If your game idea sits somewhere between two or three movies, get everyone to sit and watch them all…taking notes along the way. Or even take the opportunity for everyone to pick a movie within a specific genre…action movies, sci-fi movies, road movies, post apocalypse…once everyone has picked a movie, everyone should write notes, picking half a dozen aspects from each movie, then discussing their choices during the credits, or before the next movie starts. Once all the movies have been watched, consider which elements are common to them. For example, if you’re going sci-fi and one person picks “Blade Runner” while someone else picks “Alien”, then there is a common thread of very human looking androids, and another common thread of crude space travel with an exodus from the earth. Choose a few of these common elements, and define them as immutable truths about the game setting. Choose a few of the characters as archetypes for NPCs. Limit the weaponry in the game to items that are specifically seen in the films. If you see an action occur in a few of the movies, then it should be pretty easy to accomplish in the game; conversely if you deviate beyond what you see in any of the movies then things would get more difficult.

In this way, everyone gets on the same page about what can be done easily, what should become harder in the game, and what just shouldn’t be possible at all.

You could do the same with books, but this would be a bit harder. It takes a lot longer and a bit more effort to read a book than watch a movie.

Once everyone has the same starting point for a game, and they understand where the boundaries of the imagined world exist, then they can explore the space within those boundaries instead of trying to test the edges and pull the game apart.

That’s the theory anyway.

Real Time Mob Warfare

(I apologize to the people who've been following the development of this game, those helpful people who've provided insight and encouragement as I've been plugging away at this project...but I've provided a deeper background for those people who aren't up to speed, or who just want to see where my current thoughts lie in context)

I’m stuck.

I’m trying to write a skirmish level wargame that plays out in real time.

Each player takes on the role of a goblin in an ancient civilization that long ago conquered its entire world, laying a grand labyrinth across entire continents before opening chasms in time-space and spreading their labyrinth to new worlds. The goblins have such a huge empire that they have fractured as a people, fighting among themselves more often than they fight outsiders, they have mutated into dozens of subraces. The subraces commonly fight each other through political intrigue and occasionally by brawling in the streets. The great goblin empire has little control over its vast lands, local imperial barons wage war against guerrilla warlords and powerful crafting guilds. They fight with a teeming horde of youngsters ever eager to prove themselves in battle, with clockwork robots, with alchemical beasts and with trained animals. Occasionally one side might enslave or recruit outsiders who have been swept up in the eternal goblin struggle; humans lost in the labyrinth, giant trolls, or other strange beasts.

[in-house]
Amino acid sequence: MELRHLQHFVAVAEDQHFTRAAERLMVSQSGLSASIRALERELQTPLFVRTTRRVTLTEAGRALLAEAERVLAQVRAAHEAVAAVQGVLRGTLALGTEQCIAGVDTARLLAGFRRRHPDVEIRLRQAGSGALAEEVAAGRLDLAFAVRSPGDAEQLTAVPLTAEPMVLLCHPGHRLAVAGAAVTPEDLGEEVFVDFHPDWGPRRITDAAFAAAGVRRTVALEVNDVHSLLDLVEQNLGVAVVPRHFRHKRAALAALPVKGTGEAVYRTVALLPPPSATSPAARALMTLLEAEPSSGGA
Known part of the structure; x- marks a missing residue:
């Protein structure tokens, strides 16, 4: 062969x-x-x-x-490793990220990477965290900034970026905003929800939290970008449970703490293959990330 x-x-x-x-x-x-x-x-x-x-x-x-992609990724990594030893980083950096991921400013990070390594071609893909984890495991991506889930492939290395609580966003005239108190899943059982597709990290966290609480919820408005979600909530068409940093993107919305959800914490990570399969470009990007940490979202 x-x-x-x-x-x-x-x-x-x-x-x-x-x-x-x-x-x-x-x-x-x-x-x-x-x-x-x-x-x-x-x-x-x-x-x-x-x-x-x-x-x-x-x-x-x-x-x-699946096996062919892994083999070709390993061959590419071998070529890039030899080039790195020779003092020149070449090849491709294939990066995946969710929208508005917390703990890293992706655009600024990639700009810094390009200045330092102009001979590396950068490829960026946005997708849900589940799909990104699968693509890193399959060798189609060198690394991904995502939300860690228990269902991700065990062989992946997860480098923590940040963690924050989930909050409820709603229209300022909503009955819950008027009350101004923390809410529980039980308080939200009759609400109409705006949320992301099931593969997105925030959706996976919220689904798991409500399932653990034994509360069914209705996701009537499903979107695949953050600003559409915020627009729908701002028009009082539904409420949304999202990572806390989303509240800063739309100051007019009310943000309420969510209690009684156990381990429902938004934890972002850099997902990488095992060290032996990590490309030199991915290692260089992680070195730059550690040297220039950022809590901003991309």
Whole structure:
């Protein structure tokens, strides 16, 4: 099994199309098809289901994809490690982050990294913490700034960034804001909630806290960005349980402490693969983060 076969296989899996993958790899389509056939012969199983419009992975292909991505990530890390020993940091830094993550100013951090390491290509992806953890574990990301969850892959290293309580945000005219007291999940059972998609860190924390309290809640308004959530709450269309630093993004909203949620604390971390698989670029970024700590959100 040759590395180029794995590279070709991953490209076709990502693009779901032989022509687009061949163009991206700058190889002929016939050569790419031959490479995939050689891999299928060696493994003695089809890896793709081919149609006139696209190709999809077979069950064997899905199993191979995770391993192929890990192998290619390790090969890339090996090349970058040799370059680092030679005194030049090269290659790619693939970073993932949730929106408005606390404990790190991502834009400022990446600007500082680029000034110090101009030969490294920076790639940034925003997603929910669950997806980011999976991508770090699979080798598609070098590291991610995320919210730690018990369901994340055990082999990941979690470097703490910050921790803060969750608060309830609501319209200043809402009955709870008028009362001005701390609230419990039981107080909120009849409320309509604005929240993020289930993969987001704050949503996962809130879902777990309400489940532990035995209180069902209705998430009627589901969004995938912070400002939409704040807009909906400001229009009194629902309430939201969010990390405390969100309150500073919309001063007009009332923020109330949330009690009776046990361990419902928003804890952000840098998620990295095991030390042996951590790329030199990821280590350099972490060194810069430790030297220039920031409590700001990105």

Typically, goblins have very short lifespans and a breeding cycle that would drive their numbers exponentially out of control if they weren’t always fighting. A goblin is hatched, becomes sexually active at the end of a month, reaches optimum maturity after a second month, retires by the time the third month has passed, and has died of old age by the end of the fourth month. But there are special potions, artefacts and places in the world that slow down a goblin’s rate of aging, turning weeks into years or even decades. Gaining control over these goblin treasures are the main source of conflict across the empire.

That’s where the wargame comes in.